Snow continues to fly as of Wednesday evening and a few more bursts early Wednesday night should bring our total into the 30-35 inch range (I actually thought we were there already but I wasn't the one keeping score). What an incredible storm ! One felt by the entire state and one that was especially generous to ski country. It was an ironic twist in a "twisted" winter that almost 3 feet of beautiful, skiable and not particularly windblown snow now covers many areas with a non-existent base. We literally did need almost every inch from this storm to turn to get this epic day we all hoped might happen next year.
This is the type of storm that can be enjoyed for several days and it's a good thing because our snow prospects have probably been downgraded as of the time of this update. Flurries should continue into a good part of Thursday and some additional snow should greet skiers by the time the lifts open. Cold weather will also continue with temperatures well below freezing (high's only in the teens Thursday) and brisk winds. The cold weather will continue on Friday and Saturday. Friday should feature some sunshine and less winds making the 20-25 degree temperatures feel balmy.
A much smaller winter storm is expected to impact the northeast on Saturday. The storm and most of its associated jet energy is expected to undercut a receding polar jet stream and amplify offshore. Most of the precipitation is expected to remain south of northern Vermont though that hasn't been entirely decided. Right now I would probably include some light snow in a forecast for Saturday but I am doubtful whether it amounts to much given trends in some of the data. Southern Vermont and the Berkshires could certainly score a few inches and the Connecticut hills might end up doing the best. Any warm-up for the weekend though has basically been thwarted and snow conditions should remain powdery, if not increasingly packed through Sunday morning. A strong late March sun on Sunday March 19th could push temperatures past the freezing mark close to the base.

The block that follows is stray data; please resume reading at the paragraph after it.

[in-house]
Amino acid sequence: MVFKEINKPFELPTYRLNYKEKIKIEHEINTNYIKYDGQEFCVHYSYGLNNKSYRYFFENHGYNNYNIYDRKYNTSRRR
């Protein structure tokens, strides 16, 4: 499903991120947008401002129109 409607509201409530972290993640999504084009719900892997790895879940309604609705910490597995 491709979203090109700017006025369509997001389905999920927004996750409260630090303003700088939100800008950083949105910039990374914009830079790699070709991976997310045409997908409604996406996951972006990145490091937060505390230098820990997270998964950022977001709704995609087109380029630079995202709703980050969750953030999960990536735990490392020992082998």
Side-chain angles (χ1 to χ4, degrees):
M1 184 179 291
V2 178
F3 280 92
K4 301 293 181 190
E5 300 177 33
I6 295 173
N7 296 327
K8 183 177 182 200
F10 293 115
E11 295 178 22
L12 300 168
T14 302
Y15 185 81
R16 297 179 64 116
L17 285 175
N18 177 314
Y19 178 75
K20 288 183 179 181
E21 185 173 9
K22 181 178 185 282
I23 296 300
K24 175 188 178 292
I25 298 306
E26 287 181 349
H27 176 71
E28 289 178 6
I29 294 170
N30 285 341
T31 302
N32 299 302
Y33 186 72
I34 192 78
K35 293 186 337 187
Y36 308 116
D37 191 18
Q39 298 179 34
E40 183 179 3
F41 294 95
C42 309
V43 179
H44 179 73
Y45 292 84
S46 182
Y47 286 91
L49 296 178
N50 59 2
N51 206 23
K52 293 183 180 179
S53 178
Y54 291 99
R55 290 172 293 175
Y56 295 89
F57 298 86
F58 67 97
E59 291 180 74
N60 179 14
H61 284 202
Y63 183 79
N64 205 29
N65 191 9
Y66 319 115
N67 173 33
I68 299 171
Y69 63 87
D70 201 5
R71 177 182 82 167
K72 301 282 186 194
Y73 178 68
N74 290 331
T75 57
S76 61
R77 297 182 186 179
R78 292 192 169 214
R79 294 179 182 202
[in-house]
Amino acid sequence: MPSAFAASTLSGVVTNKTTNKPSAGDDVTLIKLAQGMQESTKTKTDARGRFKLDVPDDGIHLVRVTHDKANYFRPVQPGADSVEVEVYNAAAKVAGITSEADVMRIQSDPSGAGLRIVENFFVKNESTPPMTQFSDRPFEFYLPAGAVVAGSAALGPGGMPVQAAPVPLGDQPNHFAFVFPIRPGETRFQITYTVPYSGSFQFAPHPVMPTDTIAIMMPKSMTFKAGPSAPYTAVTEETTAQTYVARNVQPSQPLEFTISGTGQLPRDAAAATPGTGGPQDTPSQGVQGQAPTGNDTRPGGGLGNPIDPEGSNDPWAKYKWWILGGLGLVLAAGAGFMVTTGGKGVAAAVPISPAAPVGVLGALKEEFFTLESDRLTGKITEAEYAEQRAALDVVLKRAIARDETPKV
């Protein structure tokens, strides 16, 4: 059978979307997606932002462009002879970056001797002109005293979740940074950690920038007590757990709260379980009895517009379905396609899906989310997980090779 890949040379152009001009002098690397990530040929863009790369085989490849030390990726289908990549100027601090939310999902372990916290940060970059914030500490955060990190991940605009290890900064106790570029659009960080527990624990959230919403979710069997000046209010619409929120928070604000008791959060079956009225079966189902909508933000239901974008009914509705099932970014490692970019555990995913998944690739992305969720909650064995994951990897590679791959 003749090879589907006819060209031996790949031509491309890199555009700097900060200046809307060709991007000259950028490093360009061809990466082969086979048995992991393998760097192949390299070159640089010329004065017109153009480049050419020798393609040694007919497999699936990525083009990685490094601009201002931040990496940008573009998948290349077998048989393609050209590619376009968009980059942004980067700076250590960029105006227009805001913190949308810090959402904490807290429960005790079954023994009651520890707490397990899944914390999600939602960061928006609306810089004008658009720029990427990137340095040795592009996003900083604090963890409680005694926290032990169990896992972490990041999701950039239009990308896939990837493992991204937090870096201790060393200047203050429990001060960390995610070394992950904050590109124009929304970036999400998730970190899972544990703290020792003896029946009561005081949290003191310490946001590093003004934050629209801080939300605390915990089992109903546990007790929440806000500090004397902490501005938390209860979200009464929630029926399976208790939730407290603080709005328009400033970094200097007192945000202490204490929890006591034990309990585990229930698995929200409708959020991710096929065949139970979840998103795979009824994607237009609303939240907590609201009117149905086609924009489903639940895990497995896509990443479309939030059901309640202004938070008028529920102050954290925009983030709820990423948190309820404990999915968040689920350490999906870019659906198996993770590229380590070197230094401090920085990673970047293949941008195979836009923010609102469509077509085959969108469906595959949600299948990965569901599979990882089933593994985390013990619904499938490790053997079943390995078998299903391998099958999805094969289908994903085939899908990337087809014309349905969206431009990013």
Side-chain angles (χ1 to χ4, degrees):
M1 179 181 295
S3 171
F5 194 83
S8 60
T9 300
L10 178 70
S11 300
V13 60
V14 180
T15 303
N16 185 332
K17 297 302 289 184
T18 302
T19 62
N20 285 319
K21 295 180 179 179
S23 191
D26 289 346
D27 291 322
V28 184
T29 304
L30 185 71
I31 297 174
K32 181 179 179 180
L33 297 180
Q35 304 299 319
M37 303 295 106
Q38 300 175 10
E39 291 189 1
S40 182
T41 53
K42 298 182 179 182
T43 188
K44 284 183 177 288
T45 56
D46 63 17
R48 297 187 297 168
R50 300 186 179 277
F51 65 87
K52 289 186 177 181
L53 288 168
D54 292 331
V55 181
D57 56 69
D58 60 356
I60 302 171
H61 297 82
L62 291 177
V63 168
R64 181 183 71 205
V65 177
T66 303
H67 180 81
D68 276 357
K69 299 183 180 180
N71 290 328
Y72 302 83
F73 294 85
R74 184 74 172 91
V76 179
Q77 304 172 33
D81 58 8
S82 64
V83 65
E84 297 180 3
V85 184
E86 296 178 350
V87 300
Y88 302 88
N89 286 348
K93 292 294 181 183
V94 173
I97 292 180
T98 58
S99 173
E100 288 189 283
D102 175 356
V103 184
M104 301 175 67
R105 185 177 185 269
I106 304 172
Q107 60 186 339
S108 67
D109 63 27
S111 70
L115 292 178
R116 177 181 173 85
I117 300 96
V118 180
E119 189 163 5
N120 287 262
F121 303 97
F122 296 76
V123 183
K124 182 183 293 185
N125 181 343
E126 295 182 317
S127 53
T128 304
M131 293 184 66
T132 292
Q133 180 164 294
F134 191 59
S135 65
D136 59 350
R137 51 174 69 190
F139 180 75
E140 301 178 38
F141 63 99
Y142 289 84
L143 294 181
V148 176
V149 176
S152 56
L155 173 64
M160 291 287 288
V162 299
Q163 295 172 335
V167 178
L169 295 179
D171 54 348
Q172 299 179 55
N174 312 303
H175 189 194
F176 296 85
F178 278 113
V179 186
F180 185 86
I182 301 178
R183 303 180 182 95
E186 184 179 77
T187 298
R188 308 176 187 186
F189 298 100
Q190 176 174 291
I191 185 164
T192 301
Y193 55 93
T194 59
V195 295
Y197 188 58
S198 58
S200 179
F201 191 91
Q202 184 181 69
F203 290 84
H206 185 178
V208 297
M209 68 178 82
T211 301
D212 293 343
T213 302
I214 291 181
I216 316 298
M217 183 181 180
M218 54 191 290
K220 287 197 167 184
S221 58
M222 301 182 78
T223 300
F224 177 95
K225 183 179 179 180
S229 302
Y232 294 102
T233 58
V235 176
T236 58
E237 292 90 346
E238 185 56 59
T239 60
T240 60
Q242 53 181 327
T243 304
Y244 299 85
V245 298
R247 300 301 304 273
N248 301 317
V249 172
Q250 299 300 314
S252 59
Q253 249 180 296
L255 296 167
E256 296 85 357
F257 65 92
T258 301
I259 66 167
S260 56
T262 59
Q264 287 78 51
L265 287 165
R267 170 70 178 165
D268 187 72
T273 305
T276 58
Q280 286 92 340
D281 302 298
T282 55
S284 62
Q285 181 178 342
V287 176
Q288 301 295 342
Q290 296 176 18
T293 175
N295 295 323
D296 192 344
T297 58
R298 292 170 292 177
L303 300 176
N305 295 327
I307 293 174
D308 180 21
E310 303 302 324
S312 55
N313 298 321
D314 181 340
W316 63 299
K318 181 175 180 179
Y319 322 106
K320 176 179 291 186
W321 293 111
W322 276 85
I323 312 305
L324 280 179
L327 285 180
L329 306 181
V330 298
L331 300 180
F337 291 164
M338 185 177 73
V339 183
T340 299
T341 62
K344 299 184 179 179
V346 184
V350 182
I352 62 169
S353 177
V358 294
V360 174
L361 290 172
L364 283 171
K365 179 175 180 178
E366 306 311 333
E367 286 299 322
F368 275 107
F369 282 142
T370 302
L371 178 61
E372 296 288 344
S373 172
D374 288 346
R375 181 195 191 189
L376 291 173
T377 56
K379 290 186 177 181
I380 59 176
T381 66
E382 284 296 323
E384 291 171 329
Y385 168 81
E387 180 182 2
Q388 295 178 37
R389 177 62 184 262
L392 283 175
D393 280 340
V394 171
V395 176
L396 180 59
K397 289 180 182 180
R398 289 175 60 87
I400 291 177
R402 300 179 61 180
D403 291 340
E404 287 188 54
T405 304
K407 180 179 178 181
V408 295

For next week we have another surge of cold weather to talk about. It may not arrive until late Tuesday which leaves the opportunity for a few above-freezing afternoons Monday and perhaps Tuesday. This is entirely normal in mid-March if we are not fully immersed in arctic chill. When such arctic chill does arrive late Tuesday it could bring some snow with it though it remains to be seen how much. The cold weather from this airmass should persist through Friday and this essentially means snow from the recent storm will cover the slopes until then.
A large storm may impact the region around the time of the aforementioned Friday March 24th and continue into Saturday March 25th. There are clear indications that the cold weather will receding but it doesn't necessarily mean that the storm in question can't produce snow. It's certainly possible that some snow falls and the storm might include a whole allotment of precipitation types before it exits the region. After that, there are visible indications of a turn to more spring-like weather. We haven't had a lot of support from any of the teleconnection indices during most of the winter and it certainly doesn't look like we will have much help in late March. This would mean a mild finish to a very topsy-turvy month though we could again see changes to this outlook. Anyway, hope everyone got a chance to enjoy the storm. It was certainly one of the more memorable ones in the 12 or so years I've been doing the blog.